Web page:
Getting your house in order is very important, and where better to begin than with your internal communications? Join us as we delve into employee communications and what makes a happy workforce. We’ll provide examples of different types of good internal communication and share real-life examples to inspire you into action.
Internal comms is the heartbeat of any organization. Effective communication keeps everything flowing and everyone on board with the major goings on in a firm. It’s a well-understood concept that a happy and in-the-loop workforce is an engaged one.
Studies have shown that firms with high employee engagement benefit from numerous advantages compared to those without, such as fewer sick days, higher staff retention, and greater overall happiness and well-being among members.
A strong and well-connected workforce has proved crucial in a post-pandemic world, where restrictions made us rethink our approach to how we work. People realized they no longer had to be physically present in an office to do their jobs and do them well. Instead, we learned that with a strong internal communications strategy, we could be more adaptable to change, unified, and even more successful. This was a game-changer.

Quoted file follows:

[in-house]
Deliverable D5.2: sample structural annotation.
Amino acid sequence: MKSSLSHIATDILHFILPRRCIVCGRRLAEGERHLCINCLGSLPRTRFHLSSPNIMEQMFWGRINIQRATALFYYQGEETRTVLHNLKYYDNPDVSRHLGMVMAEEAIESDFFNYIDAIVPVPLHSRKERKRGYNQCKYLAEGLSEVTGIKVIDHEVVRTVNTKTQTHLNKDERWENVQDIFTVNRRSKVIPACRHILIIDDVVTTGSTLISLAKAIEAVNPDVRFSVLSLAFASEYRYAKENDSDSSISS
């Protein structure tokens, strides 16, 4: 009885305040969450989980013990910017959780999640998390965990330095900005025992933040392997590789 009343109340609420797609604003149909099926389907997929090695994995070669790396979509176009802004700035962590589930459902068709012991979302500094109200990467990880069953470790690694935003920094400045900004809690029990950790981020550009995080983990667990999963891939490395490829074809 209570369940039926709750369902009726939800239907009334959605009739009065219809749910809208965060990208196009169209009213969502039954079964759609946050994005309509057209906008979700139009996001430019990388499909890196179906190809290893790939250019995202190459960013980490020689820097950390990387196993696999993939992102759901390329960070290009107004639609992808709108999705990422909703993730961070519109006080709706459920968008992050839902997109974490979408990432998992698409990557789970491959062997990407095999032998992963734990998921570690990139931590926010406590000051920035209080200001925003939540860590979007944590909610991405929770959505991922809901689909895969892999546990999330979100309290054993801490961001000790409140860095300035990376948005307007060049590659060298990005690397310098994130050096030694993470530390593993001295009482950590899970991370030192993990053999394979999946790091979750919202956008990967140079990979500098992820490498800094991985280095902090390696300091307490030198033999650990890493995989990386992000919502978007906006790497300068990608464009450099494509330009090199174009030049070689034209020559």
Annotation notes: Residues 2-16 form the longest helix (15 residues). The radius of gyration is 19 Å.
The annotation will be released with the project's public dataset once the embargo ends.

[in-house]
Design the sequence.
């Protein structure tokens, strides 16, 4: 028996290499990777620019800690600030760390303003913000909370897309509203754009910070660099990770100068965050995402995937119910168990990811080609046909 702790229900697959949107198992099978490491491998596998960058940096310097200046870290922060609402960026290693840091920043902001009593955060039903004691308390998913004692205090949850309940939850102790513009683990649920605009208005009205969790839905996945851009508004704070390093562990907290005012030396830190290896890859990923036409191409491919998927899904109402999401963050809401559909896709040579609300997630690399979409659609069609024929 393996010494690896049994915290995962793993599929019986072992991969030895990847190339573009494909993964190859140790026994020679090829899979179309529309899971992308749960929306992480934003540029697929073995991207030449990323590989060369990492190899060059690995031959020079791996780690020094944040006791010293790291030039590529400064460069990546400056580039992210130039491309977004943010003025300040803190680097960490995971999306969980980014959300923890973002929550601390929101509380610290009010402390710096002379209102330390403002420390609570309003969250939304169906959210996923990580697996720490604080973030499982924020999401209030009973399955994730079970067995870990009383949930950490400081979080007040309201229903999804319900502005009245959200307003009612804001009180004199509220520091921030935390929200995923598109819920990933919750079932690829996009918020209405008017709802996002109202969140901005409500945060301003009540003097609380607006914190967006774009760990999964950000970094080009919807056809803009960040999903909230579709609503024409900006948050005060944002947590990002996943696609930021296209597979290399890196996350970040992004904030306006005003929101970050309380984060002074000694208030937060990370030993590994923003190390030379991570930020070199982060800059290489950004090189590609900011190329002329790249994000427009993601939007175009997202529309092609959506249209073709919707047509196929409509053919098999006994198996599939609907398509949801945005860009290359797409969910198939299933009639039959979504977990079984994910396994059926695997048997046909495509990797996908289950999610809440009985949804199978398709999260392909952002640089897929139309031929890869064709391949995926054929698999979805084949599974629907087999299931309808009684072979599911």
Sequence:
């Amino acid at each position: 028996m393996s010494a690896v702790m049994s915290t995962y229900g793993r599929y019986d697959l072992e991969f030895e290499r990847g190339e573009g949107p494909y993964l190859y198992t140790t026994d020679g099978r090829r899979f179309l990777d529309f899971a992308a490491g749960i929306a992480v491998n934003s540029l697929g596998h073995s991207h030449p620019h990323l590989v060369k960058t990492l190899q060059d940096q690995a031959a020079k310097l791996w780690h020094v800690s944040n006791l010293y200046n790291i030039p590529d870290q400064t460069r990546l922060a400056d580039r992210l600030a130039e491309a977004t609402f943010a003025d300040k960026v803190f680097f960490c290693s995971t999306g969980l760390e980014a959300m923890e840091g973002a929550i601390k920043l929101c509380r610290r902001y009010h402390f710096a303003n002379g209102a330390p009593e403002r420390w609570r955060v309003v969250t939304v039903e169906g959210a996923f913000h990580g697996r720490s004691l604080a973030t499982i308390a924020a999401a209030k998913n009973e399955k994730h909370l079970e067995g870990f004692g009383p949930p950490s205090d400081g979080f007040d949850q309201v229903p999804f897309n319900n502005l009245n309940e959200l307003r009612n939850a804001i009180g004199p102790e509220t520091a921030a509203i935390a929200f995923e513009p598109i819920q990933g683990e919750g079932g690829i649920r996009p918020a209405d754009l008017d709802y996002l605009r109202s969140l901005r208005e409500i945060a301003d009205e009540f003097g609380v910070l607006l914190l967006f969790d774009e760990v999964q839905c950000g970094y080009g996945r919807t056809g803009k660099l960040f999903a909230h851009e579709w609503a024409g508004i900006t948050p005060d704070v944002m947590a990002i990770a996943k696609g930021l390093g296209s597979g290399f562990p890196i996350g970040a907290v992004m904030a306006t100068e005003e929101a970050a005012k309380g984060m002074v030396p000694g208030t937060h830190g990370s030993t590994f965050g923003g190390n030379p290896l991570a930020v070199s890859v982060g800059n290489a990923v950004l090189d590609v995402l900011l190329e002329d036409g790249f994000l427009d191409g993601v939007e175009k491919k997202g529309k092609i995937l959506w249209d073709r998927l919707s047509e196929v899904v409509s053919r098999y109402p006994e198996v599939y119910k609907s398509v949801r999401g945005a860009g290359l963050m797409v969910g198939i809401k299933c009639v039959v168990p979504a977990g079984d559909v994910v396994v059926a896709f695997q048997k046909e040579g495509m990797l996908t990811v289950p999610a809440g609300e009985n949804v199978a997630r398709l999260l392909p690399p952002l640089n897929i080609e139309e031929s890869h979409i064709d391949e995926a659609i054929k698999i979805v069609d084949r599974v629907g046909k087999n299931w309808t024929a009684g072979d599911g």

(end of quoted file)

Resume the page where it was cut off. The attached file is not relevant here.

While this all sounds fantastic, there are some steps you need to take and things you need to think about. You may need help changing your internal stakeholders' mindset if this is a new concept. Luckily, we’ve assembled some excellent real-world examples of internal communication and explained why they’re so good and when you can use them. You can learn more about the definition of internal communications here. Now, let's begin with the best internal communication examples in business.
The purpose of internal communication is to inform and motivate people.
People are a company’s most valuable asset, so your communication should seek to engage them and support their well-being in the workplace.